For his hand, though heavy and hard, is guided by
the tender hand of the Unseen,
And the cup he brings, though it burn your lips, has
been fashioned of the clay which the Potter has
moistened with His own sacred tears.
I was recently reminded of this poem by the Lebanese-American poet and artist, Kahlil Gibran. He is one of the best read poets of all time, famous for his book The Prophet from which On Pain is taken. Undoubtedly, this poem is stunning but is it helpful to those of us who suffer from chronic physical or mental pain? Is it inspirational or insulting? Gibran seems to say pain is an inevitable part of life (much like Buddhist philosophy) and we must try to see beauty beyond the suffering. I’m not sure how realistic this approach is. When one is imprisoned within a broken body or injured psyche how can one believe the pain will pass? Do we really chose our pain? I’m not at all sure….On the other hand to fight against the inevitable is a waste of energy and perhaps acceptance is the way out? My reaction to this wonderful poem is confused. What do you think?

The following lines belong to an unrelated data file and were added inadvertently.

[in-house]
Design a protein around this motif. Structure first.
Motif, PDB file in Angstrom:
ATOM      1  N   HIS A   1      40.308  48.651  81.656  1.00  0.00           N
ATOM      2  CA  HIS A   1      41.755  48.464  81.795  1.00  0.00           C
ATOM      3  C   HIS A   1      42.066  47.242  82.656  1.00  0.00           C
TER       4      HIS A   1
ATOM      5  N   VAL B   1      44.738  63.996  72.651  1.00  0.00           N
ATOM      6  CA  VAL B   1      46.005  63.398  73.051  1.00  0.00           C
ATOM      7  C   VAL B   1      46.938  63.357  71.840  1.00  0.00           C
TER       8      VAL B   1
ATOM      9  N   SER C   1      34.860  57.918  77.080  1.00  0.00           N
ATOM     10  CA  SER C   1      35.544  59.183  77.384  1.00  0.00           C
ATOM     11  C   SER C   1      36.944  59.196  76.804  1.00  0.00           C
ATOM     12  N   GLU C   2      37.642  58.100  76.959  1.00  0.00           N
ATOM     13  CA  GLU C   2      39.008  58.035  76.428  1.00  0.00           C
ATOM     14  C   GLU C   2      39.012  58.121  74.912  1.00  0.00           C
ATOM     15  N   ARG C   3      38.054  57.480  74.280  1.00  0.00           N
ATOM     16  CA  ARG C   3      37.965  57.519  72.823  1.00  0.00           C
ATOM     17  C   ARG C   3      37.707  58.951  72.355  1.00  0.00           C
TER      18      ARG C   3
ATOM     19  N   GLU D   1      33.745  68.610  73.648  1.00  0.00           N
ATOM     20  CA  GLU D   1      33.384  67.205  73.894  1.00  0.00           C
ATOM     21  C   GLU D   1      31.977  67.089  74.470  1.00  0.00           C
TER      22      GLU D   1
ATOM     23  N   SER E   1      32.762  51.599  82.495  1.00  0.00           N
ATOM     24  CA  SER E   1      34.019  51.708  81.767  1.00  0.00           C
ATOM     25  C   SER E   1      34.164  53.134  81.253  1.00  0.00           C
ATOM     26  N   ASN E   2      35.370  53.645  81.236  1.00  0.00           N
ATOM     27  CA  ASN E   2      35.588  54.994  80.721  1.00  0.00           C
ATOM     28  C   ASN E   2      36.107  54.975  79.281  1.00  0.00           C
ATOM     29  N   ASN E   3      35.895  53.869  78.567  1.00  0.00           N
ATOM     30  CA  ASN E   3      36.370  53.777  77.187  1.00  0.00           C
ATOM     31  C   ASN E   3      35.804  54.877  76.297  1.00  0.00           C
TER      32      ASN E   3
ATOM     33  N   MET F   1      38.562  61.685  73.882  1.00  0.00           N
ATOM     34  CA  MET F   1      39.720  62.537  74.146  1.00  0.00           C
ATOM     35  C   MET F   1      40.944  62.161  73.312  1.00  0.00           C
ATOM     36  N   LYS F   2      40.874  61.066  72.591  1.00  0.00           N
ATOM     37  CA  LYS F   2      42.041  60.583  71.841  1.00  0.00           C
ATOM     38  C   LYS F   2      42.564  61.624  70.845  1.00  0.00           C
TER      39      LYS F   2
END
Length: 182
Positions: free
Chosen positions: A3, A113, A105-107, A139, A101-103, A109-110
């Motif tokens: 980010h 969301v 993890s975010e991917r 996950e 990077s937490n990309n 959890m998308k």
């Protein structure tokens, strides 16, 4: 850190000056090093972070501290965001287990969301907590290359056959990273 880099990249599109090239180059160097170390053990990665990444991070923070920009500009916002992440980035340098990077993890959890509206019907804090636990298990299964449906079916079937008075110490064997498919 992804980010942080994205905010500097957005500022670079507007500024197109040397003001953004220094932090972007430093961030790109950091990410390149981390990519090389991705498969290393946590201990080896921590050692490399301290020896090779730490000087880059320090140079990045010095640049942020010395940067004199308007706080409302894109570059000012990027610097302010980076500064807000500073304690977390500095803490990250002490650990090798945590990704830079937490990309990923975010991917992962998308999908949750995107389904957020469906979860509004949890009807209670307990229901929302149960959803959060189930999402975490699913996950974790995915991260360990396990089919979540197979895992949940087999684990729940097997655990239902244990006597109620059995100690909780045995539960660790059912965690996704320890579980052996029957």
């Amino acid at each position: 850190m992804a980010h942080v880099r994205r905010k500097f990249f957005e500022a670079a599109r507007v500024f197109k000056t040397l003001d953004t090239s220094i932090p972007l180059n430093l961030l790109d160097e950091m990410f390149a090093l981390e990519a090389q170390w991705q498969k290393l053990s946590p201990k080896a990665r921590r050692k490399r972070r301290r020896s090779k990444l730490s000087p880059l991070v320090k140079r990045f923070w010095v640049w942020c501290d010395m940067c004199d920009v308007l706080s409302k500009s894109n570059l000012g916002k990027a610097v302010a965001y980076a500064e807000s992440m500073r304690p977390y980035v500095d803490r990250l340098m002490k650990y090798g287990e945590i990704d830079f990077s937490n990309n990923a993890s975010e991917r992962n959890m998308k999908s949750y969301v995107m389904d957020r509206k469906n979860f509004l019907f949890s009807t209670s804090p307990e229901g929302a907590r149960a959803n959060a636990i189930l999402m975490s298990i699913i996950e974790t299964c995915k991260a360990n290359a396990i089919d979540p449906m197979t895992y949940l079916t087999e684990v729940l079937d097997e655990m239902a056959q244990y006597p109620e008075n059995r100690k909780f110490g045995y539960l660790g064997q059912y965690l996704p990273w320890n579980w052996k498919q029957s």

Her country was besieged.
The Great Saphenous Vein,
a lonesome road to nowhere,
a waste-land, booby-trapped with incendiaries.
Scarpa’s Triangle sailed a quiet sea
and Hunter’s Canal lay stagnant.
Beyond a cotton screen of chrysanthemums
her body bore a map no longer secret,
sketched out in clumsy biro, red for arteries, blue for veins.
Red and blue make purple, she’d learned at school.
Legs splayed a landscape across the table,
roads and rivers marked
soft, pale flesh, inert on padded leather.
Like seagulls scavenging an empty shore
the white coats gathered in freezing stares
while she traced the tangle of petals,
leaves and stems interwoven beyond.
Pointless, she listened to foreign tales;
remembered a white horse
galloping circles in the wind,
her purple coat flapping open
as she ran down the road.